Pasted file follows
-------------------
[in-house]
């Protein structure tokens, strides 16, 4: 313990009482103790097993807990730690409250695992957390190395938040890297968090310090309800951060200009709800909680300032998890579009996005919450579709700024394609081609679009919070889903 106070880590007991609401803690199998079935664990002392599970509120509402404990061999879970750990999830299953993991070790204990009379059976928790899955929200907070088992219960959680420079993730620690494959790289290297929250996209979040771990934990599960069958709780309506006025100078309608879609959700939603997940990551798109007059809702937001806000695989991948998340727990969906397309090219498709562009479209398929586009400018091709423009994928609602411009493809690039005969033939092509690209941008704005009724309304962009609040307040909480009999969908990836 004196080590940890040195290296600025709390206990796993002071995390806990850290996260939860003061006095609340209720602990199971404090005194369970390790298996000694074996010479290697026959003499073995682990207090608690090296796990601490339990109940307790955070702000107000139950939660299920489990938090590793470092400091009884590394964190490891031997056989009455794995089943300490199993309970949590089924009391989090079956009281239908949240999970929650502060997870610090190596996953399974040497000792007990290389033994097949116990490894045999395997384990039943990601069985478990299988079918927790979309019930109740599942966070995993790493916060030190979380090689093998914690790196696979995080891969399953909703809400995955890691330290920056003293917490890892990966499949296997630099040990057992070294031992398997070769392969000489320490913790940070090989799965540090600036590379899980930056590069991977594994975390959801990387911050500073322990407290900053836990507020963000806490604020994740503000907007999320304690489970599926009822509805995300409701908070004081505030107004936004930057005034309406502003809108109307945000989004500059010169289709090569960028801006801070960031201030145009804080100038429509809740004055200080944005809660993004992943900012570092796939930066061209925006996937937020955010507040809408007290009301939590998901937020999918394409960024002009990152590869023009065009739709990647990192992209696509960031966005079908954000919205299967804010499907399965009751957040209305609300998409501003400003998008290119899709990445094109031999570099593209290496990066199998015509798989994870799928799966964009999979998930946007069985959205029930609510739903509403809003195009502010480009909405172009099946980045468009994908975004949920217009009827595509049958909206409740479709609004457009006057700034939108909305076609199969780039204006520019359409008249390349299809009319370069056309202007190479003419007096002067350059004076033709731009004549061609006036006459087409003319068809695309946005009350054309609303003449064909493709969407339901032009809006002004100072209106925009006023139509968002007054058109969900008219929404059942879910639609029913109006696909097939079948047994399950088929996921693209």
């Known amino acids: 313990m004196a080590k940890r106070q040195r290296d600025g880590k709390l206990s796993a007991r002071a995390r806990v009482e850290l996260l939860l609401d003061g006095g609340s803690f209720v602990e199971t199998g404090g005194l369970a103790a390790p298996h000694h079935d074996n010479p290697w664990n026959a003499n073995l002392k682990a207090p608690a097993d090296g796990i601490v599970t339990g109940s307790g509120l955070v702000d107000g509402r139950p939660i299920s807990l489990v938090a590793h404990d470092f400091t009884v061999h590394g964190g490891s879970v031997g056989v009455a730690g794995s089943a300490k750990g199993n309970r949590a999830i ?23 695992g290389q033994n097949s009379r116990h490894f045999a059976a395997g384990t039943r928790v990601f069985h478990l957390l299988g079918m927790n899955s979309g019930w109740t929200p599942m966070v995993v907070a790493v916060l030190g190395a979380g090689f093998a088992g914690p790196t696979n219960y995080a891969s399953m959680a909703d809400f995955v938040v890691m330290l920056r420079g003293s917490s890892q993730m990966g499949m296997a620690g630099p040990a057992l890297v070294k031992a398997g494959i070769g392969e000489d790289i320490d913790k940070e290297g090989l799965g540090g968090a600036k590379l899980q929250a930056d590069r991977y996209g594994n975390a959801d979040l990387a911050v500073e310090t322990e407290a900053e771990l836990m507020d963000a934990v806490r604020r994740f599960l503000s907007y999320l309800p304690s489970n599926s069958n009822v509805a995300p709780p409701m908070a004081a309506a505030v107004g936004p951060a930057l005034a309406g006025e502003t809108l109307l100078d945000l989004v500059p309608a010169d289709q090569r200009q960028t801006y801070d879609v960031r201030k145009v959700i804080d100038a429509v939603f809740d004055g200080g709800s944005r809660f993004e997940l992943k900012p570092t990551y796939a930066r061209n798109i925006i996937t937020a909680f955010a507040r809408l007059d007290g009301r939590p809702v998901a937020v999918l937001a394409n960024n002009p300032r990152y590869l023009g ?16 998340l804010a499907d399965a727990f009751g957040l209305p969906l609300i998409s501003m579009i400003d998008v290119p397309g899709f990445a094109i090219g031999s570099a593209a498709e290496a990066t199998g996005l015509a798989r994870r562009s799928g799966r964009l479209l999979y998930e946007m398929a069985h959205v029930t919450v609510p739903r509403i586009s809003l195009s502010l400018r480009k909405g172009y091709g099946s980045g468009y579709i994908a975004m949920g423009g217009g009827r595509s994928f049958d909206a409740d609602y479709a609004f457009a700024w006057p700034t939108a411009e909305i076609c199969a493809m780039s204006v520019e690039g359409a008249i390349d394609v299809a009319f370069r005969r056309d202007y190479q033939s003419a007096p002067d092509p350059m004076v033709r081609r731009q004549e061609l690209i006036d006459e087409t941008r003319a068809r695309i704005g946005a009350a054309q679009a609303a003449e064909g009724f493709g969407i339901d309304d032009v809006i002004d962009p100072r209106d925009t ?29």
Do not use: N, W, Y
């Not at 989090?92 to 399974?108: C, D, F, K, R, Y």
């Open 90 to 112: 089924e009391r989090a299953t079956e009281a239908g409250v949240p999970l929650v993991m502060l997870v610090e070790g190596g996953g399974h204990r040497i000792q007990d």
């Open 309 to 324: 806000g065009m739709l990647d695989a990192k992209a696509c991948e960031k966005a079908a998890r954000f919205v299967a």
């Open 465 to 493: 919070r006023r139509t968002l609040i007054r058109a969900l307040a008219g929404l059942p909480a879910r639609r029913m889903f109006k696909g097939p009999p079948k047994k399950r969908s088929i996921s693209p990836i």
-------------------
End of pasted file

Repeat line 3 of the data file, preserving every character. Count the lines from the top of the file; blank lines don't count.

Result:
């Known amino acids: 313990m004196a080590k940890r106070q040195r290296d600025g880590k709390l206990s796993a007991r002071a995390r806990v009482e850290l996260l939860l609401d003061g006095g609340s803690f209720v602990e199971t199998g404090g005194l369970a103790a390790p298996h000694h079935d074996n010479p290697w664990n026959a003499n073995l002392k682990a207090p608690a097993d090296g796990i601490v599970t339990g109940s307790g509120l955070v702000d107000g509402r139950p939660i299920s807990l489990v938090a590793h404990d470092f400091t009884v061999h590394g964190g490891s879970v031997g056989v009455a730690g794995s089943a300490k750990g199993n309970r949590a999830i ?23 695992g290389q033994n097949s009379r116990h490894f045999a059976a395997g384990t039943r928790v990601f069985h478990l957390l299988g079918m927790n899955s979309g019930w109740t929200p599942m966070v995993v907070a790493v916060l030190g190395a979380g090689f093998a088992g914690p790196t696979n219960y995080a891969s399953m959680a909703d809400f995955v938040v890691m330290l920056r420079g003293s917490s890892q993730m990966g499949m296997a620690g630099p040990a057992l890297v070294k031992a398997g494959i070769g392969e000489d790289i320490d913790k940070e290297g090989l799965g540090g968090a600036k590379l899980q929250a930056d590069r991977y996209g594994n975390a959801d979040l990387a911050v500073e310090t322990e407290a900053e771990l836990m507020d963000a934990v806490r604020r994740f599960l503000s907007y999320l309800p304690s489970n599926s069958n009822v509805a995300p709780p409701m908070a004081a309506a505030v107004g936004p951060a930057l005034a309406g006025e502003t809108l109307l100078d945000l989004v500059p309608a010169d289709q090569r200009q960028t801006y801070d879609v960031r201030k145009v959700i804080d100038a429509v939603f809740d004055g200080g709800s944005r809660f993004e997940l992943k900012p570092t990551y796939a930066r061209n798109i925006i996937t937020a909680f955010a507040r809408l007059d007290g009301r939590p809702v998901a937020v999918l937001a394409n960024n002009p300032r990152y590869l023009g ?16 998340l804010a499907d399965a727990f009751g957040l209305p969906l609300i998409s501003m579009i400003d998008v290119p397309g899709f990445a094109i090219g031999s570099a593209a498709e290496a990066t199998g996005l015509a798989r994870r562009s799928g799966r964009l479209l999979y998930e946007m398929a069985h959205v029930t919450v609510p739903r509403i586009s809003l195009s502010l400018r480009k909405g172009y091709g099946s980045g468009y579709i994908a975004m949920g423009g217009g009827r595509s994928f049958d909206a409740d609602y479709a609004f457009a700024w006057p700034t939108a411009e909305i076609c199969a493809m780039s204006v520019e690039g359409a008249i390349d394609v299809a009319f370069r005969r056309d202007y190479q033939s003419a007096p002067d092509p350059m004076v033709r081609r731009q004549e061609l690209i006036d006459e087409t941008r003319a068809r695309i704005g946005a009350a054309q679009a609303a003449e064909g009724f493709g969407i339901d309304d032009v809006i002004d962009p100072r209106d925009t ?29």